We are pleased to celebrate 10 years of our Fishing for Energy partnership! This public-private partnership i installs collection bins that provide the fishing community with a no-cost option for disposing of old or unwanted gear. The old nets, line, and ropes are then converted into energy.
This time of year, many of us gather around to give thanks for our family, friends, and delicious food, but we should give our thanks to the ocean and Great Lakes as well. After all, they give us so much.
With financial support from NOAA’s Marine Debris Program, coastal states and territories impacted by Hurricanes Harvey, Irma, and Maria received $17.2M in disaster relief funding to assess, removal, and dispose of hurricane related marine debris.
Marine Debris Team Takes on Tonsalexis.thorbeckeFri, 11/09/2018 - 09:38
How do you pull an entire space shuttle’s weight in marine debris out of one of the most remote parts of the ocean? The answer is teamwork. Last week, on October 29th, a mission ended to remove debris, mostly lost fishing nets, from the uninhabited Northwestern Hawaiian Islands. These lost nets are a huge entanglement risk to marine life and damage critical habitat. The three part mission involved two ships, five NOAA offices, and many more! Learn more about their journey and how they worked together to remove over 82 tons of debris from the these culturally and ecologically significant islands.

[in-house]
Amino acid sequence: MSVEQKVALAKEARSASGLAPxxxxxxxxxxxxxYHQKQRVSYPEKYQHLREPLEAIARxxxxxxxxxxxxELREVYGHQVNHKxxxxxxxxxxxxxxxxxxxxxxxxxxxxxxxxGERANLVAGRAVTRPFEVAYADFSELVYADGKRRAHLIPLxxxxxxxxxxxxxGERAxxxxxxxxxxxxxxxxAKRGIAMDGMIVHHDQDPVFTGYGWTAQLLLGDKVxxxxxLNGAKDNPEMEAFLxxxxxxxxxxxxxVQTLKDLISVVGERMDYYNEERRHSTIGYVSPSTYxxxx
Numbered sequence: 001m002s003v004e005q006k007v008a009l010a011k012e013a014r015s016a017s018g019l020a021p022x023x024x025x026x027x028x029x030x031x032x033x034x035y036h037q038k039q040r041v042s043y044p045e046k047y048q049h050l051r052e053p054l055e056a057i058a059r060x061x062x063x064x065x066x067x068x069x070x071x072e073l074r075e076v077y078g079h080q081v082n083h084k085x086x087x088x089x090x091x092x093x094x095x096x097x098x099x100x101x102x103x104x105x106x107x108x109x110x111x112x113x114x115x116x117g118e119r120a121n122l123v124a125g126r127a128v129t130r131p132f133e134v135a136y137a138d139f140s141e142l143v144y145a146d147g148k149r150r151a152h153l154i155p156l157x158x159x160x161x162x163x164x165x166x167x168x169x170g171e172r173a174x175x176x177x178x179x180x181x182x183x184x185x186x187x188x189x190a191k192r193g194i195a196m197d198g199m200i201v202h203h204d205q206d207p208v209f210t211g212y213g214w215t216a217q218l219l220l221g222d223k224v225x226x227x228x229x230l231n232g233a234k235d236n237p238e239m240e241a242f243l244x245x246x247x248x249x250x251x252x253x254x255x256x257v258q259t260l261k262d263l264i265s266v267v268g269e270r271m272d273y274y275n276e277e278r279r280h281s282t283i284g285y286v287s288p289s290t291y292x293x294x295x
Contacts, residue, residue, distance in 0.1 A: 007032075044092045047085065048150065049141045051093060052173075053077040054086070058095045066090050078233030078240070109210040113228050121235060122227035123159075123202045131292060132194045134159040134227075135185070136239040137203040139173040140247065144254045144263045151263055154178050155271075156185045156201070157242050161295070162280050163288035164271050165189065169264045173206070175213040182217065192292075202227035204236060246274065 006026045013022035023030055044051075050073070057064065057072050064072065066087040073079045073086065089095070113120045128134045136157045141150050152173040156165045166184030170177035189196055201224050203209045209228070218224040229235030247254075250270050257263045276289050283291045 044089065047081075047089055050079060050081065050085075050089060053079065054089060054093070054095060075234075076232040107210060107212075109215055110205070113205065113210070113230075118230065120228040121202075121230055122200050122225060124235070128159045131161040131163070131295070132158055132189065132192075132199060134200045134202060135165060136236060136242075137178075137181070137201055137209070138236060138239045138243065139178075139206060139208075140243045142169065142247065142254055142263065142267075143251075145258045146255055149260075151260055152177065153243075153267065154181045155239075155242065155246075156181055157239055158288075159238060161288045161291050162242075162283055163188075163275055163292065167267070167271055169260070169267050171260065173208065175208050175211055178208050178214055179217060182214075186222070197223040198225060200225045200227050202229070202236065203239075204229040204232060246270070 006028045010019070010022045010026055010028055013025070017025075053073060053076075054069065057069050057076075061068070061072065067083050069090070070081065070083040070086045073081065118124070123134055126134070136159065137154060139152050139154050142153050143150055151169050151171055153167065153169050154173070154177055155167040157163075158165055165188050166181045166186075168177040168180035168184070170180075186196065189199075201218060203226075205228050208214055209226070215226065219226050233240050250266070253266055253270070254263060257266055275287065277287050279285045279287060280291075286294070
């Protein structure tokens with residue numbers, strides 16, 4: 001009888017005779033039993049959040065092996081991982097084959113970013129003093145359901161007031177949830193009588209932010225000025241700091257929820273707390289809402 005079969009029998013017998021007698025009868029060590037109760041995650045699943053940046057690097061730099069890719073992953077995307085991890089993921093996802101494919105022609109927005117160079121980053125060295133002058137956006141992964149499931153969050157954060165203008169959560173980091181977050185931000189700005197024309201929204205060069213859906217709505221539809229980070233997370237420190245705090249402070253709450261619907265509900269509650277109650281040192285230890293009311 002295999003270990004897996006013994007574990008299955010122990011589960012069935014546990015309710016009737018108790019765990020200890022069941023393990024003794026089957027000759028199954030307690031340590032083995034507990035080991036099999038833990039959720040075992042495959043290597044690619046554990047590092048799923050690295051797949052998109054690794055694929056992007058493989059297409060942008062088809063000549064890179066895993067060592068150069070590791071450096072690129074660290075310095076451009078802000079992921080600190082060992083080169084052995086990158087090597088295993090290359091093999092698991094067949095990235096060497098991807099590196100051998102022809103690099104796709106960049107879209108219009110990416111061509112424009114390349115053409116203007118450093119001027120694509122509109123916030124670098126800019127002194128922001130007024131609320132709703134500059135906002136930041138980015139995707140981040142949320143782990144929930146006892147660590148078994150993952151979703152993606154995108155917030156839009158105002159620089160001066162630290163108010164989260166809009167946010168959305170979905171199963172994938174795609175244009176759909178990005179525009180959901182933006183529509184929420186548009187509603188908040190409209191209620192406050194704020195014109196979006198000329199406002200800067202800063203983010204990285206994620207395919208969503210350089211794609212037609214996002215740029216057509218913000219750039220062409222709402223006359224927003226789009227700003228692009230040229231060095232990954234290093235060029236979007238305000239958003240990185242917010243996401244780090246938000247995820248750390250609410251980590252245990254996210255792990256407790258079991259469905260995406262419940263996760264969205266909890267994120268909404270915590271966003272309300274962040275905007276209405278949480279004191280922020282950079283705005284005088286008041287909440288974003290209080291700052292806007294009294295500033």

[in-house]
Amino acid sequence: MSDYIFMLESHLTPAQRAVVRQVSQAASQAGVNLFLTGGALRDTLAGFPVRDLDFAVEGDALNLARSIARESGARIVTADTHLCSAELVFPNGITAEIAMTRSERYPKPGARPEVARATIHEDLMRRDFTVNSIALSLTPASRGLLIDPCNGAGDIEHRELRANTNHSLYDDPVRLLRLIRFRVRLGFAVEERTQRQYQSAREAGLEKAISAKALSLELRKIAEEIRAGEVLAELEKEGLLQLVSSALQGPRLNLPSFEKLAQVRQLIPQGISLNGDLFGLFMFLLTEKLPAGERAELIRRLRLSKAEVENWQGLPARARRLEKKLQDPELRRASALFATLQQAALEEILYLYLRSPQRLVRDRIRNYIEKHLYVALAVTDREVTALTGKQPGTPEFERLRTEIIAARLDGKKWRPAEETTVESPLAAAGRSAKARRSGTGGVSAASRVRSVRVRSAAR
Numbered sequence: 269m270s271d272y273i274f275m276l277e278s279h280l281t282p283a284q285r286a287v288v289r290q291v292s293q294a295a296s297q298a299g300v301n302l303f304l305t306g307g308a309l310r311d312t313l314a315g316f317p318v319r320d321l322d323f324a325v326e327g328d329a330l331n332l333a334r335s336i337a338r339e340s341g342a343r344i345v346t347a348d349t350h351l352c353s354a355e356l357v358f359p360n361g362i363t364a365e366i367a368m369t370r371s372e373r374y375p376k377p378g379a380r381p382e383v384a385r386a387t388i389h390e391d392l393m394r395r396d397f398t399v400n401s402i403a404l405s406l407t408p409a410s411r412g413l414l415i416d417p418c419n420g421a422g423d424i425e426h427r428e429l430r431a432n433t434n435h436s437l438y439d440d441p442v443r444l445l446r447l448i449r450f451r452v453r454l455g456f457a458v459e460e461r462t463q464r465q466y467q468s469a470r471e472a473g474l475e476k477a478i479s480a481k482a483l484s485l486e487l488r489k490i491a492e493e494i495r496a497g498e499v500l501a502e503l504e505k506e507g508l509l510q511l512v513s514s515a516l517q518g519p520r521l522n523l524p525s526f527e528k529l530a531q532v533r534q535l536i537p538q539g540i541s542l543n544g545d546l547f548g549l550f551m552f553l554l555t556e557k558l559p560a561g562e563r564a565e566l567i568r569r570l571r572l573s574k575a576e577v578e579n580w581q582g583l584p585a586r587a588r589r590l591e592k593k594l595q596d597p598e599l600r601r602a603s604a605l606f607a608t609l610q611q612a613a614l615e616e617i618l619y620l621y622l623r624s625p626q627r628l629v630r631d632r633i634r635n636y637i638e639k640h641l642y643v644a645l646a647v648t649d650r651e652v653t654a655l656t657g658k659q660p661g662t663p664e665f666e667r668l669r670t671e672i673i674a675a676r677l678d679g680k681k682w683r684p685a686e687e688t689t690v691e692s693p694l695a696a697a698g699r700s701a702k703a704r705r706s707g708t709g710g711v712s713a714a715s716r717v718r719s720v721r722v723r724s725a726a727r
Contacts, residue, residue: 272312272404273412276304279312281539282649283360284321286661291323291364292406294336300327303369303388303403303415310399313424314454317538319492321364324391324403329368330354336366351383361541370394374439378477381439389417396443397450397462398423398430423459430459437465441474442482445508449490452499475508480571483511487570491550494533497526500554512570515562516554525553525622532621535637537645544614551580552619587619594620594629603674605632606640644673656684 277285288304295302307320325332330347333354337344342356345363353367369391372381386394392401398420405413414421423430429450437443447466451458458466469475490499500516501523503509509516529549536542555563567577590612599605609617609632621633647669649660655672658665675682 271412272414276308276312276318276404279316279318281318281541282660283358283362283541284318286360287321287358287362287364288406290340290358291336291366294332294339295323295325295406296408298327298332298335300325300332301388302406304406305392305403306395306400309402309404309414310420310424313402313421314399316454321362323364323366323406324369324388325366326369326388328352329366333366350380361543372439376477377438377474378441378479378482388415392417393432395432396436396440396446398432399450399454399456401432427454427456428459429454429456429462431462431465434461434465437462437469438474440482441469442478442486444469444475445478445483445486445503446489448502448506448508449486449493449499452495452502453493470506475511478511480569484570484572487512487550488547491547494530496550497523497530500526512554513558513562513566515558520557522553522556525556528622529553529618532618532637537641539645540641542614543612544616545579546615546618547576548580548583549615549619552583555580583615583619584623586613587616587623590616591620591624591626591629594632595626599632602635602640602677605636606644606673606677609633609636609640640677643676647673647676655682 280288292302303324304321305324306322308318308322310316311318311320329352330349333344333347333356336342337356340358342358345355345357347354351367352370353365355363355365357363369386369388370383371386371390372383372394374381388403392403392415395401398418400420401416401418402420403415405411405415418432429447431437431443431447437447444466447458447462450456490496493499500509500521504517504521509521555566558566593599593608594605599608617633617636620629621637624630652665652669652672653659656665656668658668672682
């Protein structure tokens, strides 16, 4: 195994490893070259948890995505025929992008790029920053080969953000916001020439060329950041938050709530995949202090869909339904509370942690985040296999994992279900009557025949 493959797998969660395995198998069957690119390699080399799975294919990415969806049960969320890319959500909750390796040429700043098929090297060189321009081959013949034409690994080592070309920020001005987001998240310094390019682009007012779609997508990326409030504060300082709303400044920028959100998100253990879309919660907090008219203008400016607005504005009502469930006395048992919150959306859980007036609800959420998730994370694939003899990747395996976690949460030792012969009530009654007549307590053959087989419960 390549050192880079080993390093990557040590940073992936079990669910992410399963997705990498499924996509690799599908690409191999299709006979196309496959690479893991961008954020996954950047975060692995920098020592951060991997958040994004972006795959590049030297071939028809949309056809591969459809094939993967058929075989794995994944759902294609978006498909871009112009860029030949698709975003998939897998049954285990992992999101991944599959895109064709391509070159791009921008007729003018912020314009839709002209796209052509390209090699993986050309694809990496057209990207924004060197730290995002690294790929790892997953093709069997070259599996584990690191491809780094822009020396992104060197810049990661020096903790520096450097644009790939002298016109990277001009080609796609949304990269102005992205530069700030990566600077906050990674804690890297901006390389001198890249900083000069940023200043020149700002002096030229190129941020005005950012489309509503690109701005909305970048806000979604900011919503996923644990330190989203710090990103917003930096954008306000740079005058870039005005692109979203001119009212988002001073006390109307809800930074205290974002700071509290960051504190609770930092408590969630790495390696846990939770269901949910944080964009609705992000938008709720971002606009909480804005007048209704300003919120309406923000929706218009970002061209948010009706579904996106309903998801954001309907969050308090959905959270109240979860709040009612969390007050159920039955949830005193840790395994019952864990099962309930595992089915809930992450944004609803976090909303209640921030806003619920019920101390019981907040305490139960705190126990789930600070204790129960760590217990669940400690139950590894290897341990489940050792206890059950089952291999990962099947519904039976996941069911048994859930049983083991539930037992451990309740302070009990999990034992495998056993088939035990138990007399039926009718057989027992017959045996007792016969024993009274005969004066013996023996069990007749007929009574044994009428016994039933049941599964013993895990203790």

Aquaculture, or the farming of aquatic animals, is becoming more and more popular along the coasts of the United States. As the demand for seafood rises around the world, aquaculture can provide a sustainable way to meet that demand. As this industry grows, new gear, technology and techniques are being developed. This makes it the perfect time to help farmers understand how to not only grow a good crop, but also to share best practices to prevent marine debris.